Nursing Shortage

Facts about the Nursing Shortage

The recession's impact

The United States has experienced a nursing shortage since 2000. During the last two years, the shortage seems to have abated -- making it more difficult for graduates to get jobs in larger towns and cities -- but this is an artificial abatement. More nurses have delayed retirement or have moved to full-time status. Older and more experienced nurses re-entered the job market as spouses lost jobs. Once the economy improves, there is likely to be a dramatic exodus of nurses from the job market.

The shortage is most severe in small towns and rural areas. Lack of care also impedes economic health -- the ability of communities to draw and hold residents and the businesses that employ them.

Factors in the nurse faculty and nursing shortage

Nurse faculty shortage

At the UNMC College of Nursing, 25 percent of faculty are 60 years or over, compared with only 14 percent under 40 – the other end of the career span. Left to natural progression, 25 percent of faculty will retire in the next five years and too few younger faculty will replace them.

A shortage of faculty is a problem for all of the 15 nursing schools in Nebraska. Faculty shortages mean a squeeze on the pipeline of new bedside nurses for the state. The average age is 53 and climbing. Typically lower salaries for faculty means fewer young faculty, since potential faculty earn more in direct patient care. To prepare more nurses, it's imperative to prepare more faculty.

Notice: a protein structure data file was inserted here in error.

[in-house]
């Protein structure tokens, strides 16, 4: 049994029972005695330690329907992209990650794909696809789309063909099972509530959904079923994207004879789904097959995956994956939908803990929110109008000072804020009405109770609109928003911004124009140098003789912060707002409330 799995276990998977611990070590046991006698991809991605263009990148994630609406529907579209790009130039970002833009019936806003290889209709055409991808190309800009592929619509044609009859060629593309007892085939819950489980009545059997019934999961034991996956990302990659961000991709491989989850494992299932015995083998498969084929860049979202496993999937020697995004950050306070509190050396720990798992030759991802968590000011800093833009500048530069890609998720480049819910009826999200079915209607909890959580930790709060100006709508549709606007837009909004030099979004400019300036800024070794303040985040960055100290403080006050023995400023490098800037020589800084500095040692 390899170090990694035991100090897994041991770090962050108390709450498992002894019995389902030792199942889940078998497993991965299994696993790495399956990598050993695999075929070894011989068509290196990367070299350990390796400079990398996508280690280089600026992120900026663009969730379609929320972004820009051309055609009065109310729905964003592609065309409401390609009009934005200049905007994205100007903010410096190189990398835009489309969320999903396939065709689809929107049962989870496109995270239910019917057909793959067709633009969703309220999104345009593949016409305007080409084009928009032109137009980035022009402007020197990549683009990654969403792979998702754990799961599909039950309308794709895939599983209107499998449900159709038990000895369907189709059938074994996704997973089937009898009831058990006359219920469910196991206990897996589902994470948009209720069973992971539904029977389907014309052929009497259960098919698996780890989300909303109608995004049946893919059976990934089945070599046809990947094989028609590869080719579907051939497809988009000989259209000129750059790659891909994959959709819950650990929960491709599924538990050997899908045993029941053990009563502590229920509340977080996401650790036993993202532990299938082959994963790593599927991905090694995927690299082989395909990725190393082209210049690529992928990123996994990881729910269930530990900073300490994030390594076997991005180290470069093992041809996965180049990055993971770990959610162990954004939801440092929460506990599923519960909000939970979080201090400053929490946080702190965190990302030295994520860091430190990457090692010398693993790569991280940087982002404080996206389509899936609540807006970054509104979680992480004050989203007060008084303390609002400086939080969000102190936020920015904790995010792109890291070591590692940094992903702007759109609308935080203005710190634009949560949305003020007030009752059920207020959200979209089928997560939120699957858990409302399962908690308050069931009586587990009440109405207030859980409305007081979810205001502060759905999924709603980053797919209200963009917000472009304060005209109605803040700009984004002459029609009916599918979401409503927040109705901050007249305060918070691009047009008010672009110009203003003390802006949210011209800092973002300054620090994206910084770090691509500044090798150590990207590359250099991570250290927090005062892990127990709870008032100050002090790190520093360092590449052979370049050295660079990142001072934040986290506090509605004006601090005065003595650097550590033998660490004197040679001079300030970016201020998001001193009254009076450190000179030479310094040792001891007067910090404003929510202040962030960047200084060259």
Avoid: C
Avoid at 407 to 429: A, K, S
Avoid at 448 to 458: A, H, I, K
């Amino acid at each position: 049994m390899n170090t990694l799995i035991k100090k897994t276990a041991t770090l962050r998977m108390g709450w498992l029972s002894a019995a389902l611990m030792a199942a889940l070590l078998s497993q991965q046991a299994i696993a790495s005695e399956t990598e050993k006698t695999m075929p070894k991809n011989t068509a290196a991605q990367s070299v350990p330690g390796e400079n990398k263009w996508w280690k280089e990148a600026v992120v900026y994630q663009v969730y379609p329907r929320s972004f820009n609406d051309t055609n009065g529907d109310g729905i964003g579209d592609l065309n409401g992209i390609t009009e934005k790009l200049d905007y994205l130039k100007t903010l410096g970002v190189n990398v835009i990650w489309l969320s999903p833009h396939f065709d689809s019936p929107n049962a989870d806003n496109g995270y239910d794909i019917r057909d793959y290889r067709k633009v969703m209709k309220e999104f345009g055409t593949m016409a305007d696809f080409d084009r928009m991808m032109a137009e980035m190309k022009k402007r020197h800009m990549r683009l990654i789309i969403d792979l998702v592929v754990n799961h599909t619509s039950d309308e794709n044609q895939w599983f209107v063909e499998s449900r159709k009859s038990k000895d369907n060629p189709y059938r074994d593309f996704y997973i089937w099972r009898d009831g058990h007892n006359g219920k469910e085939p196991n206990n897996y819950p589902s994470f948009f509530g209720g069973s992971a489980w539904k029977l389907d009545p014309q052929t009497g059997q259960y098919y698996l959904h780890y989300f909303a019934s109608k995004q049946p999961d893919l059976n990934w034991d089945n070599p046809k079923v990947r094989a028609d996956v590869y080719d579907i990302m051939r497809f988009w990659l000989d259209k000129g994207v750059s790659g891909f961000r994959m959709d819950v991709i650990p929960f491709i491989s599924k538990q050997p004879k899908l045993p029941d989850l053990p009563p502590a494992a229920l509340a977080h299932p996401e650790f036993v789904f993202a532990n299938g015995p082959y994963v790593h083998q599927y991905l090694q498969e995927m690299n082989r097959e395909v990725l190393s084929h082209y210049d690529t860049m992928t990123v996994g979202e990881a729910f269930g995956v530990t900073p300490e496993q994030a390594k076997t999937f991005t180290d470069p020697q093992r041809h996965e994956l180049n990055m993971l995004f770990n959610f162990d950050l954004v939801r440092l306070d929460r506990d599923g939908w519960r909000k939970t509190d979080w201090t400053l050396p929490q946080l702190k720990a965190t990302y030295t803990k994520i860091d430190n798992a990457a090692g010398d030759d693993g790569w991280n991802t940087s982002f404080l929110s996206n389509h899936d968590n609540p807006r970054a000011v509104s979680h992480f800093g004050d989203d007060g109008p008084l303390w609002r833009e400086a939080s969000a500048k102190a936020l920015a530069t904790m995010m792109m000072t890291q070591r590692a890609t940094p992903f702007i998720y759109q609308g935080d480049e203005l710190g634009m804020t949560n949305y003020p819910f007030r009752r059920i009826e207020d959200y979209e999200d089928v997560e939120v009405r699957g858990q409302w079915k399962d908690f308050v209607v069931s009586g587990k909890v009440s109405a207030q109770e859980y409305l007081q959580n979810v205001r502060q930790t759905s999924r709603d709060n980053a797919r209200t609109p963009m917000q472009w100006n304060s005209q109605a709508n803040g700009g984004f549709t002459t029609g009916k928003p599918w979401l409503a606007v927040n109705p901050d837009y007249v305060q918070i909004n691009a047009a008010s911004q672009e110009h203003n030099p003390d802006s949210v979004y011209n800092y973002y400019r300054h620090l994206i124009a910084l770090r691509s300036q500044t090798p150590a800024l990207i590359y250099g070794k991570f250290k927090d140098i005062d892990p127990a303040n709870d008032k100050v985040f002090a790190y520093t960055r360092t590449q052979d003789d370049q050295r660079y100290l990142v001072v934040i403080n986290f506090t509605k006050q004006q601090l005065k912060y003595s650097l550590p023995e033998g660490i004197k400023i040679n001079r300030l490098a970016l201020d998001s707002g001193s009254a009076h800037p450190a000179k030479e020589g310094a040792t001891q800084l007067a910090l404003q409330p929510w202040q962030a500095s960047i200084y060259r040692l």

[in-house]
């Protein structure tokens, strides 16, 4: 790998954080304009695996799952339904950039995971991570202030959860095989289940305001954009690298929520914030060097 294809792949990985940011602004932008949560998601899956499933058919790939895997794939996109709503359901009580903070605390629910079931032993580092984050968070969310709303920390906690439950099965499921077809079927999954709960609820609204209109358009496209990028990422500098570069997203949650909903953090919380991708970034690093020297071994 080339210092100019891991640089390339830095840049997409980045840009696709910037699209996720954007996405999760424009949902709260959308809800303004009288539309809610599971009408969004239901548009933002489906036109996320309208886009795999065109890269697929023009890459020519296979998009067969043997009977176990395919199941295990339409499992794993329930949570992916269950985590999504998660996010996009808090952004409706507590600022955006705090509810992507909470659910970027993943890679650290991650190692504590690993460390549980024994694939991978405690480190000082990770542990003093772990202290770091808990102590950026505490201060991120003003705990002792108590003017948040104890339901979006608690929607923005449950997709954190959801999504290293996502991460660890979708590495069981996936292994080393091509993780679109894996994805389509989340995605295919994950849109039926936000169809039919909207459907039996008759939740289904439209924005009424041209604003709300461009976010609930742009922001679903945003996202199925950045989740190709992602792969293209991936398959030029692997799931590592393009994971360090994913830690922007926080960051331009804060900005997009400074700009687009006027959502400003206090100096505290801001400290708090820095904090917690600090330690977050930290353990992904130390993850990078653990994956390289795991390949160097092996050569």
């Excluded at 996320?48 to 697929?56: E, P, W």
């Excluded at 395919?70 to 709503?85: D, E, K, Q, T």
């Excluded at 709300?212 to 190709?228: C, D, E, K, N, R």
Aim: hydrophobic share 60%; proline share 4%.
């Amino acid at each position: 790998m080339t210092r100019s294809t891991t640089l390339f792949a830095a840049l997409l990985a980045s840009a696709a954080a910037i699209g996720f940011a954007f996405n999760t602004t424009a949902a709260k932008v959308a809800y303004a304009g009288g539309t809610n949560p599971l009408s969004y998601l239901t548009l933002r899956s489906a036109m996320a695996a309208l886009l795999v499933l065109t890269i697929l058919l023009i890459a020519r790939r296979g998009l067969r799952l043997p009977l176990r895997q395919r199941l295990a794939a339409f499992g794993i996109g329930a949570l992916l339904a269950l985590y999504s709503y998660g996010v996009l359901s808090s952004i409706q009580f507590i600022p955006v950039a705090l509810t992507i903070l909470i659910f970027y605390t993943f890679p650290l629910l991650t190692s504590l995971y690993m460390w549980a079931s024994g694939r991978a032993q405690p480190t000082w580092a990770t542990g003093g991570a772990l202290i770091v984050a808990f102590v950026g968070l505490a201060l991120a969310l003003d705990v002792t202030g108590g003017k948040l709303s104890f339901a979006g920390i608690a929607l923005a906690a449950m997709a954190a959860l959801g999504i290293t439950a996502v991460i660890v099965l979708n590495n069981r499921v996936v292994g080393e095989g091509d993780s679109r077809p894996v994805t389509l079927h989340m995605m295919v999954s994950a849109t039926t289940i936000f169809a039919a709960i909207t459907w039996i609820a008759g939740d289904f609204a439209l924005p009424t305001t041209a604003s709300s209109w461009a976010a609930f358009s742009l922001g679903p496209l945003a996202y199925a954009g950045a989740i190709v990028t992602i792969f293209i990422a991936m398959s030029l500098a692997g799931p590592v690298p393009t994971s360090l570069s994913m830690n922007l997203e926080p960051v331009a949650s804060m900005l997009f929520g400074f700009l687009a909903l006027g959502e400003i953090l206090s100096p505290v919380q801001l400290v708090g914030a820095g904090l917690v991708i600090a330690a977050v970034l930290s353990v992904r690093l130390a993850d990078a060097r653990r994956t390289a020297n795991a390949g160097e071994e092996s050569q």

Nursing shortage

One of the major threats to the current and future nursing shortage is the aging of the nursing population which will raise retirement rates to a higher level than the workforce replacement with new nurses.

Large waves of retiring Baby Boomers will dramatically increase demand for nurses, pushing the already serious shortage of nurses to crisis stage in the years ahead. Aging and other issues such as increasing seriousness of conditions, requires more nursing care, which requires more education.

Without action to address Nebraska's nursing shortage it will be even more difficult to provide the appropriate level of nursing care.


  • In 2009, there were 17,735 licensed registered nurses in Nebraska.
  • In 2009, the average age of a Nebraska nurse was 46 years old. About half of all nurses will retire in the next 10 years.
  • By the year 2020, Nebraska will have a shortage of about 3,800 registered nurses.
  • Nine counties in Nebraska have no registered nurses and there are four counties in Nebraska with just one registered nurse representing the whole county.
  • Of Nebraska's 93 counties, 82 have a lower than national average ratio of registered nurses to patients, and more than one-third of Nebraska's counties have no nurse practitioners.
  • Registered nurses represent over 40 percent of the health care workforce in Nebraska. About 58 percent of nurses are employed in hospitals.
  • The projected U.S. nursing shortage in 2020 is expected to grow to a half a million.
  • In Dec. 2009, the U.S. Bureau of Labor Statistics reported that the health care sector of the economy is continuing to grow, despite significant job losses in nearly all major industries. As the largest segment of the healthcare workforce, registered nurses likely will be recruited to fill many of these new positions.


Nebraska Center for Nursing, 2009 Annual Report:

A Critical Match. Nebraska’s Health Workforce Planning Project FINAL REPORT. Nebraska Center for Rural Health Research.

American Association of Colleges of Nursing Nursing Shortage Fact Sheet